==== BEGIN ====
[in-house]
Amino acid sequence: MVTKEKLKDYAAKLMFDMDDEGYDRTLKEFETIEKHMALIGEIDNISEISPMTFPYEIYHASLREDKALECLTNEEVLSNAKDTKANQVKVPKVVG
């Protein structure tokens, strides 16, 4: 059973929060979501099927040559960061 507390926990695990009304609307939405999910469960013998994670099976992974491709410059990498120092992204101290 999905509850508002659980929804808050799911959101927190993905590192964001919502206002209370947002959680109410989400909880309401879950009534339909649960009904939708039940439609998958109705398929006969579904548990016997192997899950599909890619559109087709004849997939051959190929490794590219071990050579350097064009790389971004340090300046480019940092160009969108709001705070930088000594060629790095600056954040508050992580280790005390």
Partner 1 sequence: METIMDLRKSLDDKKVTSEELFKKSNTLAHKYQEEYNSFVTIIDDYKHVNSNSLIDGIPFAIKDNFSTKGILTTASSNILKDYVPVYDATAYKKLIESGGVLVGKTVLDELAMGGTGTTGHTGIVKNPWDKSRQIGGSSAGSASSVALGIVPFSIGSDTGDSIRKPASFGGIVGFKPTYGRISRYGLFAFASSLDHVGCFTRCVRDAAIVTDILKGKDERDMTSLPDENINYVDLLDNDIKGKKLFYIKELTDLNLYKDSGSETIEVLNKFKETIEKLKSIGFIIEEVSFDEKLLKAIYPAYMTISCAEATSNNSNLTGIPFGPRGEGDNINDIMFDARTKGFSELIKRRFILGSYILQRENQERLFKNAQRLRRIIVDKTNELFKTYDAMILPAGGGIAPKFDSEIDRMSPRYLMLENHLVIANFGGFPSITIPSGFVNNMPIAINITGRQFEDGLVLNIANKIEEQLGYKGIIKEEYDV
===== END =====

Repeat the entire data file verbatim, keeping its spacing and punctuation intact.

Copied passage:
[in-house]
Amino acid sequence: MVTKEKLKDYAAKLMFDMDDEGYDRTLKEFETIEKHMALIGEIDNISEISPMTFPYEIYHASLREDKALECLTNEEVLSNAKDTKANQVKVPKVVG
């Protein structure tokens, strides 16, 4: 059973929060979501099927040559960061 507390926990695990009304609307939405999910469960013998994670099976992974491709410059990498120092992204101290 999905509850508002659980929804808050799911959101927190993905590192964001919502206002209370947002959680109410989400909880309401879950009534339909649960009904939708039940439609998958109705398929006969579904548990016997192997899950599909890619559109087709004849997939051959190929490794590219071990050579350097064009790389971004340090300046480019940092160009969108709001705070930088000594060629790095600056954040508050992580280790005390």
Partner 1 sequence: METIMDLRKSLDDKKVTSEELFKKSNTLAHKYQEEYNSFVTIIDDYKHVNSNSLIDGIPFAIKDNFSTKGILTTASSNILKDYVPVYDATAYKKLIESGGVLVGKTVLDELAMGGTGTTGHTGIVKNPWDKSRQIGGSSAGSASSVALGIVPFSIGSDTGDSIRKPASFGGIVGFKPTYGRISRYGLFAFASSLDHVGCFTRCVRDAAIVTDILKGKDERDMTSLPDENINYVDLLDNDIKGKKLFYIKELTDLNLYKDSGSETIEVLNKFKETIEKLKSIGFIIEEVSFDEKLLKAIYPAYMTISCAEATSNNSNLTGIPFGPRGEGDNINDIMFDARTKGFSELIKRRFILGSYILQRENQERLFKNAQRLRRIIVDKTNELFKTYDAMILPAGGGIAPKFDSEIDRMSPRYLMLENHLVIANFGGFPSITIPSGFVNNMPIAINITGRQFEDGLVLNIANKIEEQLGYKGIIKEEYDV